Friday, December 21, 2012

The Conspicuous Absense of Covenant

The churches of Christ taught be a valuable Biblical tool (believe it or not) when they taught me about Musical Instruments in the NT. Their argument is that the complete absence of any kind of mention of musical instruments in the NT while having a humongous amount of evidence of OT use is striking. Their observation is keen.
The counter-argument for someone propounding the Covenant of Works is that just because the word Covenant is not found in the garden does not necessarily mean there was no covenant. I agree. However, the conspicuous absence of both the word and it's concept is another matter entirely.There are over 300 instances of Covenant it in the Bible, but none in the garden account. While God could have dropped that word anywhere, He waits until after the fall to trot it out. Let's look at the big covenant instances now to show you what I mean.

The Covenant with Noah
Here is the first time, (Gen 9:9, 11) "And as for Me, behold, I establish My covenant with you and with your seed after you... Thus I establish My covenant with you: Never again shall all flesh be cut off by the waters of the flood; never again shall there be a flood to destroy the earth." I'll mention how to understand this in a second, for now lets continue on.

The Covenant with Abraham
The next time comes at Genesis 15:18 with Abraham "On the same day the LORD made a covenant with Abram, saying: "To your seed I have given this land, from the river of Egypt to the great river, the River Euphrates" Abraham then becomes disobedient and causes God to wait, but once he is faithful again God speaks the rest, "And I will establish My covenant between Me and you and your seed after you in their generations, for an everlasting covenant, to be God to you and your seed after you." (Genesis 17:7), which of course is talking about Christ (Galatians 3:16) "Now to Abraham and his seed were the promises made. He saith not, And to seeds, as of many; but as of one, And to thy seed, which is Christ."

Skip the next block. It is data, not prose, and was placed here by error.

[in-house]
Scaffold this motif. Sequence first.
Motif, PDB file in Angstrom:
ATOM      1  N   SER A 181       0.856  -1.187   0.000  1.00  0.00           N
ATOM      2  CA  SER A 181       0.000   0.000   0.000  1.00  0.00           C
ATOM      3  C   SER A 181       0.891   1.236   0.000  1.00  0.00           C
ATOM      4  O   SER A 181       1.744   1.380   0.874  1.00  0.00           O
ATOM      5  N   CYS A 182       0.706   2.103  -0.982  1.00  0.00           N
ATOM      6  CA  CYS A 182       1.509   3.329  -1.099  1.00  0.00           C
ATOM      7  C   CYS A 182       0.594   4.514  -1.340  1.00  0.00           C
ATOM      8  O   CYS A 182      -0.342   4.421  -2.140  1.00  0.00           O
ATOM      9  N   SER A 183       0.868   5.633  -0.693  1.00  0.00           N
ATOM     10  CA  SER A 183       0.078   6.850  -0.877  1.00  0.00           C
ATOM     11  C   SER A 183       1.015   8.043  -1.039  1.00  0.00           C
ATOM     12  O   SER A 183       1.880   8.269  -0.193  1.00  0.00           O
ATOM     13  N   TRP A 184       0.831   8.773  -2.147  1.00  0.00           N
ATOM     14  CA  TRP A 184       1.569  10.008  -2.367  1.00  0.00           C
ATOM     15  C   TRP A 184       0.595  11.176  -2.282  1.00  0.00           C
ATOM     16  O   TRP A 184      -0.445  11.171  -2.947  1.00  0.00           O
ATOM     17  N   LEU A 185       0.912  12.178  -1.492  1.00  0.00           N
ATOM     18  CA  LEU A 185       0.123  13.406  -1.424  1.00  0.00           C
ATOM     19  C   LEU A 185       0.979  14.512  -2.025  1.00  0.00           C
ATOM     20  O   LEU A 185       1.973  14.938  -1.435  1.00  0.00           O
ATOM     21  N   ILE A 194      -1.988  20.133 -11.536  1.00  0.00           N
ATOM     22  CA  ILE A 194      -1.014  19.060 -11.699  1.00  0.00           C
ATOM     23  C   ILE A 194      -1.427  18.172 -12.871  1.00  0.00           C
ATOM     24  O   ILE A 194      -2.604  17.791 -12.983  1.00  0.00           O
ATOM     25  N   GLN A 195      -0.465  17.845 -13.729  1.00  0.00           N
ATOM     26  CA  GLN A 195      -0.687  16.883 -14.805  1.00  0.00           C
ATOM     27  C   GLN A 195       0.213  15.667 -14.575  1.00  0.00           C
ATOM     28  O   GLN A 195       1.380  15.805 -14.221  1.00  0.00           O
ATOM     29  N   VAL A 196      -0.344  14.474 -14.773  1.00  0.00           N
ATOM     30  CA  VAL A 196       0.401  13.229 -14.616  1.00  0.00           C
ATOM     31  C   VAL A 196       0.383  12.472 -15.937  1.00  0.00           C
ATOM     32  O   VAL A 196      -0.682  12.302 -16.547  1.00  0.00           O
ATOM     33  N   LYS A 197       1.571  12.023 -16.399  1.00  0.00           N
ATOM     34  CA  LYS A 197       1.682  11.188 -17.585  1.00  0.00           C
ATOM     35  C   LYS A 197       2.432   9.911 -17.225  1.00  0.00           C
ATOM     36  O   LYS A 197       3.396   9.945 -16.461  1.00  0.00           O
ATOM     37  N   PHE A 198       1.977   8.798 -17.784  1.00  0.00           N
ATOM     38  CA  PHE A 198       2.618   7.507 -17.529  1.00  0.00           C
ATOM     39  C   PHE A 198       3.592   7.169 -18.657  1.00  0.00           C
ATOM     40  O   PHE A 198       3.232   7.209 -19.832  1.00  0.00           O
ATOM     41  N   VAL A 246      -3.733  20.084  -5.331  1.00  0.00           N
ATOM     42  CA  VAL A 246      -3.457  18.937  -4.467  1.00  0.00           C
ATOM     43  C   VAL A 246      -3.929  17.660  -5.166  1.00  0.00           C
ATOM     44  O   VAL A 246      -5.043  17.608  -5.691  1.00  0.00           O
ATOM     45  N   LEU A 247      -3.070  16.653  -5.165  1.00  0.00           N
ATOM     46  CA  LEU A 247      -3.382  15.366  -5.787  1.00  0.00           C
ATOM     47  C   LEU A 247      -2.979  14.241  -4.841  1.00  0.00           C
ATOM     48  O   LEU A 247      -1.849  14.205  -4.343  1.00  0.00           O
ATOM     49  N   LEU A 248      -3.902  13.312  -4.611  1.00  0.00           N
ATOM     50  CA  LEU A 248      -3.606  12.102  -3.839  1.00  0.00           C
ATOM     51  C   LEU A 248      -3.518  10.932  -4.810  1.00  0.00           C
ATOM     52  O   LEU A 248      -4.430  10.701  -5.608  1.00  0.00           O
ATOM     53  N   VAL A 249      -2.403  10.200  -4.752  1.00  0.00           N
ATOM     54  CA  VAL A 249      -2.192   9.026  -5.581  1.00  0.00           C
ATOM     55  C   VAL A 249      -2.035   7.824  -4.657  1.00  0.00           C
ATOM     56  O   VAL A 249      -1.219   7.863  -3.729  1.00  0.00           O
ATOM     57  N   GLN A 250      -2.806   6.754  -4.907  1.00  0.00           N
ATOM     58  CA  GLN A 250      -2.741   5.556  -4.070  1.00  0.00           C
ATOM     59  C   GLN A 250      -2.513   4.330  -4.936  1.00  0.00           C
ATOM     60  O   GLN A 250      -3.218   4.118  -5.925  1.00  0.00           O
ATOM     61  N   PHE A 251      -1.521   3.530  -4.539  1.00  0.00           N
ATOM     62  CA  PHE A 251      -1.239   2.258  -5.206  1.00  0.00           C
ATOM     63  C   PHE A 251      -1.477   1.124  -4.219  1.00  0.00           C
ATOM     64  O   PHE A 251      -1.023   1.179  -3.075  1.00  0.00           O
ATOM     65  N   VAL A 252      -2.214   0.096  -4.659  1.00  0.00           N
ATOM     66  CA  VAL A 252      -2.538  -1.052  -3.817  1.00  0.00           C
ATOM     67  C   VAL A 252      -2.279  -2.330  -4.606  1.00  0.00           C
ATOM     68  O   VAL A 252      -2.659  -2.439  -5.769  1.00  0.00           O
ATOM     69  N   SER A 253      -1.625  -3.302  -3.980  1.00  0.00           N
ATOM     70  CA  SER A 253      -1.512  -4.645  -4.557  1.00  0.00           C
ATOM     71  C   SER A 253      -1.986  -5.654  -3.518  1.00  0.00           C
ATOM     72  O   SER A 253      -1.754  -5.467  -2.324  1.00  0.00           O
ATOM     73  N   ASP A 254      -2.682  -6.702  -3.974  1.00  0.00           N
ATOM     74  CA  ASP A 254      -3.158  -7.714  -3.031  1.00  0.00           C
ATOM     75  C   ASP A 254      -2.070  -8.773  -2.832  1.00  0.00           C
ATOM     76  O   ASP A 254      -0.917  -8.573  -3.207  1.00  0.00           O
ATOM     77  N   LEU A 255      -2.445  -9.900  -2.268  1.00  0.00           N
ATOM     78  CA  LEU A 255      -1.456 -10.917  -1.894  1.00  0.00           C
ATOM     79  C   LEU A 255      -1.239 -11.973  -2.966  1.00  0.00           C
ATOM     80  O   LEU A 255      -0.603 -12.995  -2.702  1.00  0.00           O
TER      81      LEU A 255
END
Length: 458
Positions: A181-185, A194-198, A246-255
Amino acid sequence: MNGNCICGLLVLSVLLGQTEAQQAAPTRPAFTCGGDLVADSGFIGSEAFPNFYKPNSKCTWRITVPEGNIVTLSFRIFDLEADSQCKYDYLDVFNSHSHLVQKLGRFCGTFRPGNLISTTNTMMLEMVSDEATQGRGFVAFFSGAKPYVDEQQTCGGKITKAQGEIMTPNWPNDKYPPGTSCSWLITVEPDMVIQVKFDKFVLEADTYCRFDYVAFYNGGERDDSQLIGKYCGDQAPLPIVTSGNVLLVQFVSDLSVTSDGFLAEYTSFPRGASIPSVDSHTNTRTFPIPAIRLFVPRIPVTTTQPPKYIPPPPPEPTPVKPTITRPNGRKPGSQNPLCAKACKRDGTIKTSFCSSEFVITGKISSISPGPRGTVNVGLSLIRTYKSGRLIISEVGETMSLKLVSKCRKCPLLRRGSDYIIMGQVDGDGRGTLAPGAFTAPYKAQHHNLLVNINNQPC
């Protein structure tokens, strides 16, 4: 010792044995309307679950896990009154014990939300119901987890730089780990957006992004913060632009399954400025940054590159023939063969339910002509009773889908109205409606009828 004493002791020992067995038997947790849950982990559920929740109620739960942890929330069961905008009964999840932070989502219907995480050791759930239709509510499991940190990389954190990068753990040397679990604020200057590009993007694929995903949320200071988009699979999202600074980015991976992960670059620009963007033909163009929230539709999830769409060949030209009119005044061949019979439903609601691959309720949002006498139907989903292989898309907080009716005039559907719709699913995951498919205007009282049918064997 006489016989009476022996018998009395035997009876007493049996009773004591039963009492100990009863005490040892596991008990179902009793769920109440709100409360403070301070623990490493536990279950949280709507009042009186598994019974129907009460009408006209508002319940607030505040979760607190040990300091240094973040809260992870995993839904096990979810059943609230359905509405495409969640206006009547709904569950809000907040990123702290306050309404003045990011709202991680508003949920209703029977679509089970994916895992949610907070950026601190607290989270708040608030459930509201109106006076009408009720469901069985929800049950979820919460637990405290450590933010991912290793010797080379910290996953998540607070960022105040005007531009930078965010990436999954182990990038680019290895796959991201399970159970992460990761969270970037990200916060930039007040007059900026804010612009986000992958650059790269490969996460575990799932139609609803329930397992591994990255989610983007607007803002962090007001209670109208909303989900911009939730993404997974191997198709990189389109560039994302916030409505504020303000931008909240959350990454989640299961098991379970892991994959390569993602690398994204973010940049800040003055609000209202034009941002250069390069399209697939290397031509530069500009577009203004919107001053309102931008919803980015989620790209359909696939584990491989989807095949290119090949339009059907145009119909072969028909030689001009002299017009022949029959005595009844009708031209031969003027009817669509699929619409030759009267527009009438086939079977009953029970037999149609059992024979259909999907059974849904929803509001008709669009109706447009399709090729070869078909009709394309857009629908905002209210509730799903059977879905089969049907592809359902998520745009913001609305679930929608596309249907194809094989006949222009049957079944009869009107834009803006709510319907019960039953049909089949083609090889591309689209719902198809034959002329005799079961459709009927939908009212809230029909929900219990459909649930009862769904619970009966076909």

That passage in Galatians changes everything, because it bonds Covenant to Christ. And if God did indeed want to do that, to make those two items connected in our mind, then He must wait until after the fall to introduce the idea of a Redeemer and Savior. Which fits, which is why He waits until post fall to use the word Covenant. Is this not what Isaiah prophesied about when talking about Christ? "I will keep You and give You as a covenant to the people" (Isaiah 42:6)

That would mean we are not to understand the Noah passage by drawing it backwards to Adam, but forward to Christ. God was telling Noah that he would send someone to prevent the earth from being destroyed. He would restrain future wickedness and keep it from getting to that point again. He would send someone in righteousness to preserve a people for Himself.

The Covenant at Sinai
The next instance of Covenant comes from Sinai, mediated by God's servant Moses. (Exodus 34:27; Deut 4:13) Here God gives His people a priesthood for the cleansing of sins (the blood of the Covenant), an ark of the Covenant to encase the promise in, and Tablets to remind them (Exodus 24:7-8; Deut 9:9). As a sign God gives them the Sabbath rest (Ex 31:13). The thrust of this one is obedience to God, principally seen in keeping the rules.